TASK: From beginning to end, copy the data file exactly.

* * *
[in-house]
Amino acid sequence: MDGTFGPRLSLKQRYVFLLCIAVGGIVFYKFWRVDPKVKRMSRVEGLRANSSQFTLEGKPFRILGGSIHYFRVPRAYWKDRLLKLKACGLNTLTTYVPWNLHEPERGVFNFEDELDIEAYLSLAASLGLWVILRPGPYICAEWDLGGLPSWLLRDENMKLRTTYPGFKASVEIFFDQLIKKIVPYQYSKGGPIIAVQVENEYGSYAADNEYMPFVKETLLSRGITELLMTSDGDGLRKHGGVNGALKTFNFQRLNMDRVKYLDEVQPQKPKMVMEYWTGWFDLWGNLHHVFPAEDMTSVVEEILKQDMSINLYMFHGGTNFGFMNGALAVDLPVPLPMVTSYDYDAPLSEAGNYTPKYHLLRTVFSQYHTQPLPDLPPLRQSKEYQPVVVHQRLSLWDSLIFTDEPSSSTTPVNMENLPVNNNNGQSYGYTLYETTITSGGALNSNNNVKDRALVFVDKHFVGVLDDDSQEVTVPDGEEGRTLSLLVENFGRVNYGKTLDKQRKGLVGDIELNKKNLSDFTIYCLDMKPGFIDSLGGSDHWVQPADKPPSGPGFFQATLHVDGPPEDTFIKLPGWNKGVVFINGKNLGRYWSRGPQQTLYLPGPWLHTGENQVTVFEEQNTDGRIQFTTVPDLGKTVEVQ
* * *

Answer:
[in-house]
Amino acid sequence: MDGTFGPRLSLKQRYVFLLCIAVGGIVFYKFWRVDPKVKRMSRVEGLRANSSQFTLEGKPFRILGGSIHYFRVPRAYWKDRLLKLKACGLNTLTTYVPWNLHEPERGVFNFEDELDIEAYLSLAASLGLWVILRPGPYICAEWDLGGLPSWLLRDENMKLRTTYPGFKASVEIFFDQLIKKIVPYQYSKGGPIIAVQVENEYGSYAADNEYMPFVKETLLSRGITELLMTSDGDGLRKHGGVNGALKTFNFQRLNMDRVKYLDEVQPQKPKMVMEYWTGWFDLWGNLHHVFPAEDMTSVVEEILKQDMSINLYMFHGGTNFGFMNGALAVDLPVPLPMVTSYDYDAPLSEAGNYTPKYHLLRTVFSQYHTQPLPDLPPLRQSKEYQPVVVHQRLSLWDSLIFTDEPSSSTTPVNMENLPVNNNNGQSYGYTLYETTITSGGALNSNNNVKDRALVFVDKHFVGVLDDDSQEVTVPDGEEGRTLSLLVENFGRVNYGKTLDKQRKGLVGDIELNKKNLSDFTIYCLDMKPGFIDSLGGSDHWVQPADKPPSGPGFFQATLHVDGPPEDTFIKLPGWNKGVVFINGKNLGRYWSRGPQQTLYLPGPWLHTGENQVTVFEEQNTDGRIQFTTVPDLGKTVEVQ